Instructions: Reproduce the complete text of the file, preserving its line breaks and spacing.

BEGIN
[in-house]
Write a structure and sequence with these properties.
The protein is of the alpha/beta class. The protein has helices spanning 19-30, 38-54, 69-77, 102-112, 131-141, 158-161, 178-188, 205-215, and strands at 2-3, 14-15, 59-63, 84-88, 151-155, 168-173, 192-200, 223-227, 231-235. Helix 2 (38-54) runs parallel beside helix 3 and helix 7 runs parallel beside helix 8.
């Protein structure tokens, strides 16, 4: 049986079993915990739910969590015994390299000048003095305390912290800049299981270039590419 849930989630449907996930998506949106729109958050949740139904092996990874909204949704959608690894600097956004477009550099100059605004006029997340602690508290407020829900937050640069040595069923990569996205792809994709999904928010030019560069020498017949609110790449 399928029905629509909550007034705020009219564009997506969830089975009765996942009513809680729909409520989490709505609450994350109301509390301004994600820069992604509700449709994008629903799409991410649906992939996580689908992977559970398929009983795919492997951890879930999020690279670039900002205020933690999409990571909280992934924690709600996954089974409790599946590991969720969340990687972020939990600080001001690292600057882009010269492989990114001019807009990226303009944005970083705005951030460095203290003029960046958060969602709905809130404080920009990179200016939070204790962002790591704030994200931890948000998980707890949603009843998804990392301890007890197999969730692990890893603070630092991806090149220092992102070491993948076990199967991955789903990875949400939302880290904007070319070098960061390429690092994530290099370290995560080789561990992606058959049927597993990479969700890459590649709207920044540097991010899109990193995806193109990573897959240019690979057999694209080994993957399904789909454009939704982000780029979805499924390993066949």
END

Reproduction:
[in-house]
Write a structure and sequence with these properties.
The protein is of the alpha/beta class. The protein has helices spanning 19-30, 38-54, 69-77, 102-112, 131-141, 158-161, 178-188, 205-215, and strands at 2-3, 14-15, 59-63, 84-88, 151-155, 168-173, 192-200, 223-227, 231-235. Helix 2 (38-54) runs parallel beside helix 3 and helix 7 runs parallel beside helix 8.
């Protein structure tokens, strides 16, 4: 049986079993915990739910969590015994390299000048003095305390912290800049299981270039590419 849930989630449907996930998506949106729109958050949740139904092996990874909204949704959608690894600097956004477009550099100059605004006029997340602690508290407020829900937050640069040595069923990569996205792809994709999904928010030019560069020498017949609110790449 399928029905629509909550007034705020009219564009997506969830089975009765996942009513809680729909409520989490709505609450994350109301509390301004994600820069992604509700449709994008629903799409991410649906992939996580689908992977559970398929009983795919492997951890879930999020690279670039900002205020933690999409990571909280992934924690709600996954089974409790599946590991969720969340990687972020939990600080001001690292600057882009010269492989990114001019807009990226303009944005970083705005951030460095203290003029960046958060969602709905809130404080920009990179200016939070204790962002790591704030994200931890948000998980707890949603009843998804990392301890007890197999969730692990890893603070630092991806090149220092992102070491993948076990199967991955789903990875949400939302880290904007070319070098960061390429690092994530290099370290995560080789561990992606058959049927597993990479969700890459590649709207920044540097991010899109990193995806193109990573897959240019690979057999694209080994993957399904789909454009939704982000780029979805499924390993066949």